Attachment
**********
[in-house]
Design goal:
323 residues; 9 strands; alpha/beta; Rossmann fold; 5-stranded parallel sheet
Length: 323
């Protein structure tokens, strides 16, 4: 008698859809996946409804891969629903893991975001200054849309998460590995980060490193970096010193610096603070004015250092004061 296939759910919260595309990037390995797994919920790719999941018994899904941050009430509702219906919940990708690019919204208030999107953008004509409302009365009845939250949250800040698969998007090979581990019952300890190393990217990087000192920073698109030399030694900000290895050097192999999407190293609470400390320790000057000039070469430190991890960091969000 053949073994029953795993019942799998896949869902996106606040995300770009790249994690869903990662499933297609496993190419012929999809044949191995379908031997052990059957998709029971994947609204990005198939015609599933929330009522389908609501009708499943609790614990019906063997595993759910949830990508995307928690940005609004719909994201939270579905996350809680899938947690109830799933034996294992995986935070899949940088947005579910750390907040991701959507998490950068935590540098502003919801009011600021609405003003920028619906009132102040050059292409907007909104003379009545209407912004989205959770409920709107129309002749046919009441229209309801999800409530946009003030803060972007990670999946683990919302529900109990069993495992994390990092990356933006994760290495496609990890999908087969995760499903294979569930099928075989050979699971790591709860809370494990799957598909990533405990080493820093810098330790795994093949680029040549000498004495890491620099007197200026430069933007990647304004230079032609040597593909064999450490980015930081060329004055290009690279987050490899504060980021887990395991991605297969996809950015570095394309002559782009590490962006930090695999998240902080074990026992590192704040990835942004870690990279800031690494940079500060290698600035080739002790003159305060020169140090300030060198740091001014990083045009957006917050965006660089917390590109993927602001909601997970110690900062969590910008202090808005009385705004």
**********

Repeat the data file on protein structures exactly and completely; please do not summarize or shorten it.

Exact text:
[in-house]
Design goal:
323 residues; 9 strands; alpha/beta; Rossmann fold; 5-stranded parallel sheet
Length: 323
């Protein structure tokens, strides 16, 4: 008698859809996946409804891969629903893991975001200054849309998460590995980060490193970096010193610096603070004015250092004061 296939759910919260595309990037390995797994919920790719999941018994899904941050009430509702219906919940990708690019919204208030999107953008004509409302009365009845939250949250800040698969998007090979581990019952300890190393990217990087000192920073698109030399030694900000290895050097192999999407190293609470400390320790000057000039070469430190991890960091969000 053949073994029953795993019942799998896949869902996106606040995300770009790249994690869903990662499933297609496993190419012929999809044949191995379908031997052990059957998709029971994947609204990005198939015609599933929330009522389908609501009708499943609790614990019906063997595993759910949830990508995307928690940005609004719909994201939270579905996350809680899938947690109830799933034996294992995986935070899949940088947005579910750390907040991701959507998490950068935590540098502003919801009011600021609405003003920028619906009132102040050059292409907007909104003379009545209407912004989205959770409920709107129309002749046919009441229209309801999800409530946009003030803060972007990670999946683990919302529900109990069993495992994390990092990356933006994760290495496609990890999908087969995760499903294979569930099928075989050979699971790591709860809370494990799957598909990533405990080493820093810098330790795994093949680029040549000498004495890491620099007197200026430069933007990647304004230079032609040597593909064999450490980015930081060329004055290009690279987050490899504060980021887990395991991605297969996809950015570095394309002559782009590490962006930090695999998240902080074990026992590192704040990835942004870690990279800031690494940079500060290698600035080739002790003159305060020169140090300030060198740091001014990083045009957006917050965006660089917390590109993927602001909601997970110690900062969590910008202090808005009385705004």